Molecular Identification of Rickettsial Endosymbionts in the Non-Phagotrophic Volvocalean Green Algae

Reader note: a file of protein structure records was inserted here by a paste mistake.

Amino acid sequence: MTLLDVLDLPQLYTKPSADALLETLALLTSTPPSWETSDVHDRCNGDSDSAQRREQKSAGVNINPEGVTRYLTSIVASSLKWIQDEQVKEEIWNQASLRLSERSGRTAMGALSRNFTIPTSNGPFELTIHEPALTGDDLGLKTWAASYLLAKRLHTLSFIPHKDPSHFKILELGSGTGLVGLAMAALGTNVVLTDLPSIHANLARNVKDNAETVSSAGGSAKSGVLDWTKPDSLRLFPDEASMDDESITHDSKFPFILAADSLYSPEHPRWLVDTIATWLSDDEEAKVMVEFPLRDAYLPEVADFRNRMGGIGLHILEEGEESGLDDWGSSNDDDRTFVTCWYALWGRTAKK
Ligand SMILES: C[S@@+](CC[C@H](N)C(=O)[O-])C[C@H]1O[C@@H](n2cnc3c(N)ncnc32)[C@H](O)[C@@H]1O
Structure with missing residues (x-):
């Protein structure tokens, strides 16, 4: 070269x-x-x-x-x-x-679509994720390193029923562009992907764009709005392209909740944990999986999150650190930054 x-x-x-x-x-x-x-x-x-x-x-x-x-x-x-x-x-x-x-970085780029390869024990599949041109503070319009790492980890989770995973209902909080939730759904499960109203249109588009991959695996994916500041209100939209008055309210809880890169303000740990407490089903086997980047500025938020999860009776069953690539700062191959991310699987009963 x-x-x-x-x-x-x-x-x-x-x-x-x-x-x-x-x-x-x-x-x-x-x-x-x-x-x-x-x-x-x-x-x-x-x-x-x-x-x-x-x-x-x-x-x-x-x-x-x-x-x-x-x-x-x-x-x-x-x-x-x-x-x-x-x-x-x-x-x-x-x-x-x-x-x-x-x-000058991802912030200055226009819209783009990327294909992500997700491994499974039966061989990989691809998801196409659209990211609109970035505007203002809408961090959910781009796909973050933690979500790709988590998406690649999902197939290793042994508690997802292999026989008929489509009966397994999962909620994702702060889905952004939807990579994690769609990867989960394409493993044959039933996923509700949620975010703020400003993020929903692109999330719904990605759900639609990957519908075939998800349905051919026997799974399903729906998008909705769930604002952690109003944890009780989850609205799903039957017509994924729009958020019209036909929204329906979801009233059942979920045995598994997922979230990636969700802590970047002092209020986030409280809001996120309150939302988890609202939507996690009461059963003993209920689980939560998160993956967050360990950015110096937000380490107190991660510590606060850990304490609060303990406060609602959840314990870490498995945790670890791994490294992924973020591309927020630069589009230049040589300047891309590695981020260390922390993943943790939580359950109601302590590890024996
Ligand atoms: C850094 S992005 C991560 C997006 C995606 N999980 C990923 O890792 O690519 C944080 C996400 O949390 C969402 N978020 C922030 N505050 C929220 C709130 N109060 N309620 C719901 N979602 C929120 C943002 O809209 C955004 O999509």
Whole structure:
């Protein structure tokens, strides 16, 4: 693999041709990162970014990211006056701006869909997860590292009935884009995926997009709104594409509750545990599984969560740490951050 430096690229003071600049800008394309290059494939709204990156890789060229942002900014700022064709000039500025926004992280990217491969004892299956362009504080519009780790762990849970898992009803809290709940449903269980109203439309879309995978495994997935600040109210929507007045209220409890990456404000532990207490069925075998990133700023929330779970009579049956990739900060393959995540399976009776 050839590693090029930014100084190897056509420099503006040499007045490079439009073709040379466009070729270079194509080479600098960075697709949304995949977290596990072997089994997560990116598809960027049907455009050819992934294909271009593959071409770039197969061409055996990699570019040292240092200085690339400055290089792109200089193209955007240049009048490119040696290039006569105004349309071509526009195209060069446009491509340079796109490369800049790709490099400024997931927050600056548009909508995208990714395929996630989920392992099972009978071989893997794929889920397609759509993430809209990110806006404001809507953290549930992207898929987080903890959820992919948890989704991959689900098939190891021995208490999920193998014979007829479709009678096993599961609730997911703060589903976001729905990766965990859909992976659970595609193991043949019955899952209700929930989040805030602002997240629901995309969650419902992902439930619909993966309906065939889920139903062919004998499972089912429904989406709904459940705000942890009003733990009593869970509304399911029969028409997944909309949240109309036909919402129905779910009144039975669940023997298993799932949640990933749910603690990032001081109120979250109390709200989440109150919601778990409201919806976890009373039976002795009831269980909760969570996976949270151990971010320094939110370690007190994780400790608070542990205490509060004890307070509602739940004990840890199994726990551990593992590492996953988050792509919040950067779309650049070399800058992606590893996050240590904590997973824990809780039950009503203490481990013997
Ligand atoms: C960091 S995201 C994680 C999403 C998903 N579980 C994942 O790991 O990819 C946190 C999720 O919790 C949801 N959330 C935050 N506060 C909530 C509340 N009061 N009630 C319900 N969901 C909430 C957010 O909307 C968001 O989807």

The order Rickettsiales comprises Gram-negative obligate intracellular bacteria (also called rickettsias) that are mainly associated with arthropod hosts. This group is medically important because it contains human-pathogenic species that cause dangerous diseases. Until now, there has been no report of non-phagotrophic photosynthetic eukaryotes, such as green plants, harboring rickettsias. We examined the bacterial endosymbionts of two freshwater volvocalean green algae: unicellular Carteria cerasiformis and colonial Pleodorina japonica. Epifluorescence microscopy using 4′-6-deamidino-2-phenylindole staining revealed the presence of endosymbionts in all C. cerasiformis NIES-425 cells, and demonstrated a positive correlation between host cell size and the number of endosymbionts. Strains both containing and lacking endosymbionts of C. cerasiformis (NIES-425 and NIES-424) showed a >10-fold increase in cell number and typical sigmoid growth curves over 192 h. A phylogenetic analysis of 16 S ribosomal (r)RNA gene sequences from the endosymbionts of C. cerasiformis and P. japonica demonstrated that they formed a robust clade (hydra group) with endosymbionts of various non-arthropod hosts within the family Rickettsiaceae. There were significantly fewer differences in the 16 S rRNA sequences of the rickettsiacean endosymbionts between C. cerasiformis and P. japonica than in the chloroplast 16 S rRNA or 18 S rRNA of the host volvocalean cells. Fluorescence in situ hybridization demonstrated the existence of the rickettsiacean endosymbionts in the cytoplasm of two volvocalean species. The rickettsiacean endosymbionts are likely not harmful to their volvocalean hosts and may have been recently transmitted from other non-arthropod organisms. Because rickettsias are the closest relatives of mitochondria, incipient stages of mitochondrial endosymbiosis may be deduced using both strains with and without C. cerasiformis endosymbionts.